Decision 486, the new legislation governing Industrial Property in the Andean Community, (Colombia, Venezuela, Perú, Bolivia, Ecuador) created a legal action called "Action to Claim Rights".

The purpose of this action is to allow any person affected by the unauthorized use of his patents, industrial designs or trademarks by third parties to claim his rights before the competent national authority. Utility models, though, are excepted from the action.

Decision 486 also contemplates that, if the internal legislation of each member country of the Andean Community so authorizes, damages can be demanded in the action to claim rights.

Regarding patents and industrial designs, one of two situations can arise: a) the letters patent or the registration of the industrial design is applied for by somebody not having the right to obtain it, in which case the affected party may claim his right before the competent authority, requesting that the application or the right granted be transferred to him. b) The letters patent or the industrial design is obtained in detriment of another person who also has the right, in which case the affected party may request his being acknowledged as co-applicant or co-proprietor of the right.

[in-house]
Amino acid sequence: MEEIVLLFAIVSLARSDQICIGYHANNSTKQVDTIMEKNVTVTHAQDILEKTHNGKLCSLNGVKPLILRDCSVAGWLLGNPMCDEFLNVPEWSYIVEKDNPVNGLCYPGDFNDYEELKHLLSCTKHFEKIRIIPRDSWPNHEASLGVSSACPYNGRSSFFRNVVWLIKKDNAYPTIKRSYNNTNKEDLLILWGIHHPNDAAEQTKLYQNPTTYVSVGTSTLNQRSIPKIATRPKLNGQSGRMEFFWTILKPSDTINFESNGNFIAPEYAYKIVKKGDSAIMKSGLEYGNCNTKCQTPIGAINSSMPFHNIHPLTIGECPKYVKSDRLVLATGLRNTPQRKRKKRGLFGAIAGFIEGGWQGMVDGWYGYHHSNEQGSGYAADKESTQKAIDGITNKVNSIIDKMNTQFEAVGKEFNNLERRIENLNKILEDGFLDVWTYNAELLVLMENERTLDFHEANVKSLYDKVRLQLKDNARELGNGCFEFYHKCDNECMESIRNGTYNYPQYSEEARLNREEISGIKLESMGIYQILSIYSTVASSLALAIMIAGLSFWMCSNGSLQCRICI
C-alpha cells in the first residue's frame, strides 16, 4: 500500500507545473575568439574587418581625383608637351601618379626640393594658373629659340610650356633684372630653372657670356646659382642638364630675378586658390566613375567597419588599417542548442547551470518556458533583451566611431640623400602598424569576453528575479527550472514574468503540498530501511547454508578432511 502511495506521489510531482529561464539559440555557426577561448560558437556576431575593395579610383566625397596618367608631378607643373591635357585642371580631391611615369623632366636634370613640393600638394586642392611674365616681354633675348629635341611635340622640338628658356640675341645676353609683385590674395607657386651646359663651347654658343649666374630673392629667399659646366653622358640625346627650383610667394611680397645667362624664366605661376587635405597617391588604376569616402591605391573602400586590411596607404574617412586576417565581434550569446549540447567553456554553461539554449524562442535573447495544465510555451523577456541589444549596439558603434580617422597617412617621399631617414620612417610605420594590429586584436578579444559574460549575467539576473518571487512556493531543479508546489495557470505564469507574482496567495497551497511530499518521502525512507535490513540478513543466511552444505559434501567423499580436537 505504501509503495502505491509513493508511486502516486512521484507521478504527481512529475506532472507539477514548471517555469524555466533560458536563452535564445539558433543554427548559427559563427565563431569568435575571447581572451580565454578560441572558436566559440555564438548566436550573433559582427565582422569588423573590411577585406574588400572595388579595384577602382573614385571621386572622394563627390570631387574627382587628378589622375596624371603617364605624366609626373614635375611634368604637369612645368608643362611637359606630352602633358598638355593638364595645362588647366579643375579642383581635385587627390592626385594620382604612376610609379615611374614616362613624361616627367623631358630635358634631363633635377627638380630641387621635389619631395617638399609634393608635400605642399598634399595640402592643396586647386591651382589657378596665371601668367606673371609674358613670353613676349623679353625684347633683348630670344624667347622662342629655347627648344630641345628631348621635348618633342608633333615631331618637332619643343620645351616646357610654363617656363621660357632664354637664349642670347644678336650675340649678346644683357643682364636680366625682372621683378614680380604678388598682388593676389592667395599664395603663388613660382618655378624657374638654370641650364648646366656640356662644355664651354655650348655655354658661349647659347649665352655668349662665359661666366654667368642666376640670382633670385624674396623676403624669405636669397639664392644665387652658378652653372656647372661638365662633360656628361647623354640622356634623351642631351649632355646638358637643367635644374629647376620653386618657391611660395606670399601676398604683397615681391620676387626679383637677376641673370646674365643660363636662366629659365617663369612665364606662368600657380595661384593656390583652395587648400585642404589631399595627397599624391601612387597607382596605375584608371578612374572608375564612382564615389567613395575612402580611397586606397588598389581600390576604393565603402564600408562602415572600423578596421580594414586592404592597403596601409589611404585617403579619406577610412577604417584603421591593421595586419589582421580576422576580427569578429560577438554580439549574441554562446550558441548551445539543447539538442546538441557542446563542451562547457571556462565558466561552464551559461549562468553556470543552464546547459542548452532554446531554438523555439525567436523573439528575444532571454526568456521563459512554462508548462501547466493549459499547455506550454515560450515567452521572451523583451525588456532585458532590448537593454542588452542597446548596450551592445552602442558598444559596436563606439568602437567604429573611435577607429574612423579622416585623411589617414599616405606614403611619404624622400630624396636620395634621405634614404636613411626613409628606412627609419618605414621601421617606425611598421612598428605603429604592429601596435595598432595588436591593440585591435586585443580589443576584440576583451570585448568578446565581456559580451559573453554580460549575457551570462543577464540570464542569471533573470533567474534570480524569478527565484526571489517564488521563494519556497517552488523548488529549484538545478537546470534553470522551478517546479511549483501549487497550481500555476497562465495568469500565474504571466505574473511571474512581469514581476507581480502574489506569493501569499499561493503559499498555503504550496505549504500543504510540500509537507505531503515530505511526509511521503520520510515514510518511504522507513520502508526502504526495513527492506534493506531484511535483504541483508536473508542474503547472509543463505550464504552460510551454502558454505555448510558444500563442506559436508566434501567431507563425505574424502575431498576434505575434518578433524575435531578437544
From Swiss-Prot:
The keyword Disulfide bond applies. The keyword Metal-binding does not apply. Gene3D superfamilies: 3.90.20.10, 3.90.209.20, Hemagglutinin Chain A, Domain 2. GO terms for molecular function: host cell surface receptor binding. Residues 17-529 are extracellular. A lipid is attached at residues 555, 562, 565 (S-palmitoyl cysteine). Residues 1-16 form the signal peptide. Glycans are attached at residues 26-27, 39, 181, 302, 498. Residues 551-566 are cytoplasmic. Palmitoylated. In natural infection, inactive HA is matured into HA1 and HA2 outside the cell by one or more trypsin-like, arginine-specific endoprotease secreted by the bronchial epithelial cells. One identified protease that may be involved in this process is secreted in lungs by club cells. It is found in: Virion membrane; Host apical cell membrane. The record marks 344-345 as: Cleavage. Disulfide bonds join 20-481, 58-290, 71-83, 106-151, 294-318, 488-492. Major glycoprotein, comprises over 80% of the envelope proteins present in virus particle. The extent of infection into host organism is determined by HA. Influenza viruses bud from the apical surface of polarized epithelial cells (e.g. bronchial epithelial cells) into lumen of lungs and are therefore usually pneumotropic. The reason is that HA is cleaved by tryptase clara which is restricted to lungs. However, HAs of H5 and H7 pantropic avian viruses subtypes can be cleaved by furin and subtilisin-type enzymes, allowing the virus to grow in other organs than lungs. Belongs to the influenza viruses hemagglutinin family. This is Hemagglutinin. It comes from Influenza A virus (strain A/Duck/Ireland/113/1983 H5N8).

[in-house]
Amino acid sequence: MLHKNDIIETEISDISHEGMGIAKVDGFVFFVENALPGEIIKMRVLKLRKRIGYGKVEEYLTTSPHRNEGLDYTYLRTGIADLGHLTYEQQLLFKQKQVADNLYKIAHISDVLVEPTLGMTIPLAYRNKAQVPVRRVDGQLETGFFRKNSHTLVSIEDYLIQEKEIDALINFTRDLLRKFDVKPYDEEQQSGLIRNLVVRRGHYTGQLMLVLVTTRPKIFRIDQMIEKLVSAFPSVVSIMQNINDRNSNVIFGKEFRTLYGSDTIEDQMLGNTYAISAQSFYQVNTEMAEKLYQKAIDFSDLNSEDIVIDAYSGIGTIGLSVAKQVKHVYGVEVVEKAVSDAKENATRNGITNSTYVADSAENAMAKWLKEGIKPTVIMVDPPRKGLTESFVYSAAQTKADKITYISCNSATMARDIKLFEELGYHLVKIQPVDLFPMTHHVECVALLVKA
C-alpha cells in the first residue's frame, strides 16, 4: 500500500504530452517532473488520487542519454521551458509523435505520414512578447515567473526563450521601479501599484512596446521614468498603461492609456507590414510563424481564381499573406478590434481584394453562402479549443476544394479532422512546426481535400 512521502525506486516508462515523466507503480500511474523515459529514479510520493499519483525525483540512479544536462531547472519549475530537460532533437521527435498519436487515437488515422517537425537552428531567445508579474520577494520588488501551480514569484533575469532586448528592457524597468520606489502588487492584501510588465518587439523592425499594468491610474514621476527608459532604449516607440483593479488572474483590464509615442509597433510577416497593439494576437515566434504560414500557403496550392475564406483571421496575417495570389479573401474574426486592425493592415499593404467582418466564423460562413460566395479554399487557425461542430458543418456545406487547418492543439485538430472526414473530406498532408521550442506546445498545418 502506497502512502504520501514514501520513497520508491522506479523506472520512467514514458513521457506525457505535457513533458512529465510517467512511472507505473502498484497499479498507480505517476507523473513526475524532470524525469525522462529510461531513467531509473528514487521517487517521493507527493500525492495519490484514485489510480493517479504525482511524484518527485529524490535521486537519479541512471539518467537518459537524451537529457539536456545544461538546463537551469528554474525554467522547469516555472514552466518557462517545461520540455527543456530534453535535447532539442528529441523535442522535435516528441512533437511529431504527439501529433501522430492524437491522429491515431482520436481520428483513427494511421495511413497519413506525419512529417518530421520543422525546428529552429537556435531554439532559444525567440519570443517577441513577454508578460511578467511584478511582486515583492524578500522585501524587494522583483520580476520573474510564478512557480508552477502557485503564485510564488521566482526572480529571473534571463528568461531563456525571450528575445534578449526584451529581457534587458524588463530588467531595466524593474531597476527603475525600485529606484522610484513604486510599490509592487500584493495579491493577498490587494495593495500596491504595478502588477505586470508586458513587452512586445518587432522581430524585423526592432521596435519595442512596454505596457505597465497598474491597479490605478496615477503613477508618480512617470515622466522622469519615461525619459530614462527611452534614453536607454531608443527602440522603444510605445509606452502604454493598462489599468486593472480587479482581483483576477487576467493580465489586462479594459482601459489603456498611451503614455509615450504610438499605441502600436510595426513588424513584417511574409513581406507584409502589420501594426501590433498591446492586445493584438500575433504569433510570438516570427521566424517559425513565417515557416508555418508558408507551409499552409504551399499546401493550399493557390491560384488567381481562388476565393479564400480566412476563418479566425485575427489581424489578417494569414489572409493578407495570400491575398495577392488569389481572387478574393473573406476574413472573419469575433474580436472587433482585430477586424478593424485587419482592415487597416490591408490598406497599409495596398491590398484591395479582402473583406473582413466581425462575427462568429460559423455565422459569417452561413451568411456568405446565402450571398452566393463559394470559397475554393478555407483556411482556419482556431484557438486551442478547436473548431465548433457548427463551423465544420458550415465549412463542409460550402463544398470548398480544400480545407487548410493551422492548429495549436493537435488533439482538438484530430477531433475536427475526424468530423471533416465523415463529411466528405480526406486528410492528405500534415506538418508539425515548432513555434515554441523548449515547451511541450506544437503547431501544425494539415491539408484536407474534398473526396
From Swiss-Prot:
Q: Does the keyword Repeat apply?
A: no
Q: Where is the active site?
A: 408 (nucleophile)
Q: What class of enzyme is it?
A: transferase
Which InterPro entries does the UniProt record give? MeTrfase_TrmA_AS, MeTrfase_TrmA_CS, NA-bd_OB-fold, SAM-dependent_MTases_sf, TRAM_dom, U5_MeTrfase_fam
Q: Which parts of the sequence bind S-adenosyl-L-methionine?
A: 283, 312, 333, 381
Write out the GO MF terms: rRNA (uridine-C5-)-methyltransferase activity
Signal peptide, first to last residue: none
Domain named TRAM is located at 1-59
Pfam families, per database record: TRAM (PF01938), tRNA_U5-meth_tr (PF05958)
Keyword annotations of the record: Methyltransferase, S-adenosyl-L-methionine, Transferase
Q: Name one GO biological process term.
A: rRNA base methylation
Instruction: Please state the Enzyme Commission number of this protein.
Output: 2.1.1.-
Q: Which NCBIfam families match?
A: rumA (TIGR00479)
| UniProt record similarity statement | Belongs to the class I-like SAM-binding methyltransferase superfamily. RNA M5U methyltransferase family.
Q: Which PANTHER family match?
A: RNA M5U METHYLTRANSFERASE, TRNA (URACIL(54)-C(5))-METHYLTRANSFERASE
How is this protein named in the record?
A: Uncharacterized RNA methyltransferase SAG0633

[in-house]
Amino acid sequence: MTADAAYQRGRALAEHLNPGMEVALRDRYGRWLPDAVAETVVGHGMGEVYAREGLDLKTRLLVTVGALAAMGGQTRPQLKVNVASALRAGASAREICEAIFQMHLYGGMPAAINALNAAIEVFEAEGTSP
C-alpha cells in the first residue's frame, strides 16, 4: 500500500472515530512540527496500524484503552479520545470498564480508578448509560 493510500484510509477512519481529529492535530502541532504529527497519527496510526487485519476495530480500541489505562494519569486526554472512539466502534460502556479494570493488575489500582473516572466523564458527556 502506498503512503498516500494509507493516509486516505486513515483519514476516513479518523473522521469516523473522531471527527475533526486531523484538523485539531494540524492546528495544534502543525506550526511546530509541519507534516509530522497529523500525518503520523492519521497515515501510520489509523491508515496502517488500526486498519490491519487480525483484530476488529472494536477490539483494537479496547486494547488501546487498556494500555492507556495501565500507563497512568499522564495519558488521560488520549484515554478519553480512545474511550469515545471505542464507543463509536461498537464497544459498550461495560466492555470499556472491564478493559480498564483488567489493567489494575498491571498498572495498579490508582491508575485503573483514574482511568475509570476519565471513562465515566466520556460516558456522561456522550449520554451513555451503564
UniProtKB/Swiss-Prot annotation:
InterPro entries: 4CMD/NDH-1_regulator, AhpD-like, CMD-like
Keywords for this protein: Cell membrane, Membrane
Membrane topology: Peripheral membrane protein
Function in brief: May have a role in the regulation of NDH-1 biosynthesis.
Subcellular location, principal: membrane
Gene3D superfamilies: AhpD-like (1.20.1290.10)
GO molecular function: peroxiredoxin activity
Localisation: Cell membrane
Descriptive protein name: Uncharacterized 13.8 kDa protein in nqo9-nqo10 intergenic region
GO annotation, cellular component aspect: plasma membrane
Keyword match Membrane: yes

As to the trademarks, Decision 486 provides for the possibility of claiming rights when the trademark is applied for or obtained in detriment of another person also having the right, in which case the affected party may claim his right as co-applicant or co-proprietor.

The action to claim rights lapses four years after the date of grant of the right, or two years since the subject matter of the protection would have begun to be exploited or used by whomever had obtained the right, whichever term expires earlier. The action shall not lapse if whoever obtained the right would have applied it for in bad faith.

The content of this article is intended to provide a general guide to the subject matter. Specialist advice should be sought about your specific circumstances.